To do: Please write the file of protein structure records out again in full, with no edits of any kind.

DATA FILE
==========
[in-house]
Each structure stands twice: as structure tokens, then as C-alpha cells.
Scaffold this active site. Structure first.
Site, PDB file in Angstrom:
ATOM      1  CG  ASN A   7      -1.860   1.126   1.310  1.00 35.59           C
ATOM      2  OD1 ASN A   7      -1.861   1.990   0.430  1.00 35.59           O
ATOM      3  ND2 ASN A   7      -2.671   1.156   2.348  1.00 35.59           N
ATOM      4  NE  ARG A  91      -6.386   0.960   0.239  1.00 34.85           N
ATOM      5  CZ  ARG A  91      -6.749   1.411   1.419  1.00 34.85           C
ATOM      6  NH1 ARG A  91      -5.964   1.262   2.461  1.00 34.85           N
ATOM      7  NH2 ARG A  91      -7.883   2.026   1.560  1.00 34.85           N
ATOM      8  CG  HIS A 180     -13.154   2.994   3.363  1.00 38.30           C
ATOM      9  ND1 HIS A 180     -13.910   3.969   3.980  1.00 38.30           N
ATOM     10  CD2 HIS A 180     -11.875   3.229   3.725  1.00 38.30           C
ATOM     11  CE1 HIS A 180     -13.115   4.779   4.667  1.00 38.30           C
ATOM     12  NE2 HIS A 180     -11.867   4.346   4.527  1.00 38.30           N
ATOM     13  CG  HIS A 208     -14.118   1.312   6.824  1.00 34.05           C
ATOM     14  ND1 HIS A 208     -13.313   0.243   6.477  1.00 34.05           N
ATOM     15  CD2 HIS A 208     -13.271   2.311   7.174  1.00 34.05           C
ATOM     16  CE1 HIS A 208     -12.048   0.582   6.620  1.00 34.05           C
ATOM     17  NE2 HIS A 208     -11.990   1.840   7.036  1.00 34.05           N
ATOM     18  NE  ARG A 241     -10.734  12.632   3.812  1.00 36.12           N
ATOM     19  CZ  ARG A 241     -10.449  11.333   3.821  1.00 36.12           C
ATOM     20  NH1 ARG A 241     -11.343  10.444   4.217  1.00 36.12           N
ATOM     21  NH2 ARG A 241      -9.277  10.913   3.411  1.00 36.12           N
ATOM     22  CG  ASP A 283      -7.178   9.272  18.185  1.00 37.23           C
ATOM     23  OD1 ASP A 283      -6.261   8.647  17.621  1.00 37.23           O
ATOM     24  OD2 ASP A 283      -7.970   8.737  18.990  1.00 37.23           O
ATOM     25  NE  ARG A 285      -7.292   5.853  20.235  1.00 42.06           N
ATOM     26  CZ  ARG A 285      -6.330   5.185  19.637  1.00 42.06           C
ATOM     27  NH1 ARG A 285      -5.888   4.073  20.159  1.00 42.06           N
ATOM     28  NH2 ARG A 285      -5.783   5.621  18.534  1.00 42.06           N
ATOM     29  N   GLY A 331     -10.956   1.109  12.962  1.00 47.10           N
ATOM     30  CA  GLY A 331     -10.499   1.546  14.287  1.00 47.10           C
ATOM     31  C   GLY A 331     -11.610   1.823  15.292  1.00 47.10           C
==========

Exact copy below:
[in-house]
Each structure stands twice: as structure tokens, then as C-alpha cells.
Scaffold this active site. Structure first.
Site, PDB file in Angstrom:
ATOM      1  CG  ASN A   7      -1.860   1.126   1.310  1.00 35.59           C
ATOM      2  OD1 ASN A   7      -1.861   1.990   0.430  1.00 35.59           O
ATOM      3  ND2 ASN A   7      -2.671   1.156   2.348  1.00 35.59           N
ATOM      4  NE  ARG A  91      -6.386   0.960   0.239  1.00 34.85           N
ATOM      5  CZ  ARG A  91      -6.749   1.411   1.419  1.00 34.85           C
ATOM      6  NH1 ARG A  91      -5.964   1.262   2.461  1.00 34.85           N
ATOM      7  NH2 ARG A  91      -7.883   2.026   1.560  1.00 34.85           N
ATOM      8  CG  HIS A 180     -13.154   2.994   3.363  1.00 38.30           C
ATOM      9  ND1 HIS A 180     -13.910   3.969   3.980  1.00 38.30           N
ATOM     10  CD2 HIS A 180     -11.875   3.229   3.725  1.00 38.30           C
ATOM     11  CE1 HIS A 180     -13.115   4.779   4.667  1.00 38.30           C
ATOM     12  NE2 HIS A 180     -11.867   4.346   4.527  1.00 38.30           N
ATOM     13  CG  HIS A 208     -14.118   1.312   6.824  1.00 34.05           C
ATOM     14  ND1 HIS A 208     -13.313   0.243   6.477  1.00 34.05           N
ATOM     15  CD2 HIS A 208     -13.271   2.311   7.174  1.00 34.05           C
ATOM     16  CE1 HIS A 208     -12.048   0.582   6.620  1.00 34.05           C
ATOM     17  NE2 HIS A 208     -11.990   1.840   7.036  1.00 34.05           N
ATOM     18  NE  ARG A 241     -10.734  12.632   3.812  1.00 36.12           N
ATOM     19  CZ  ARG A 241     -10.449  11.333   3.821  1.00 36.12           C
ATOM     20  NH1 ARG A 241     -11.343  10.444   4.217  1.00 36.12           N
ATOM     21  NH2 ARG A 241      -9.277  10.913   3.411  1.00 36.12           N
ATOM     22  CG  ASP A 283      -7.178   9.272  18.185  1.00 37.23           C
ATOM     23  OD1 ASP A 283      -6.261   8.647  17.621  1.00 37.23           O
ATOM     24  OD2 ASP A 283      -7.970   8.737  18.990  1.00 37.23           O
ATOM     25  NE  ARG A 285      -7.292   5.853  20.235  1.00 42.06           N
ATOM     26  CZ  ARG A 285      -6.330   5.185  19.637  1.00 42.06           C
ATOM     27  NH1 ARG A 285      -5.888   4.073  20.159  1.00 42.06           N
ATOM     28  NH2 ARG A 285      -5.783   5.621  18.534  1.00 42.06           N
ATOM     29  N   GLY A 331     -10.956   1.109  12.962  1.00 47.10           N
ATOM     30  CA  GLY A 331     -10.499   1.546  14.287  1.00 47.10           C
ATOM     31  C   GLY A 331     -11.610   1.823  15.292  1.00 47.10           C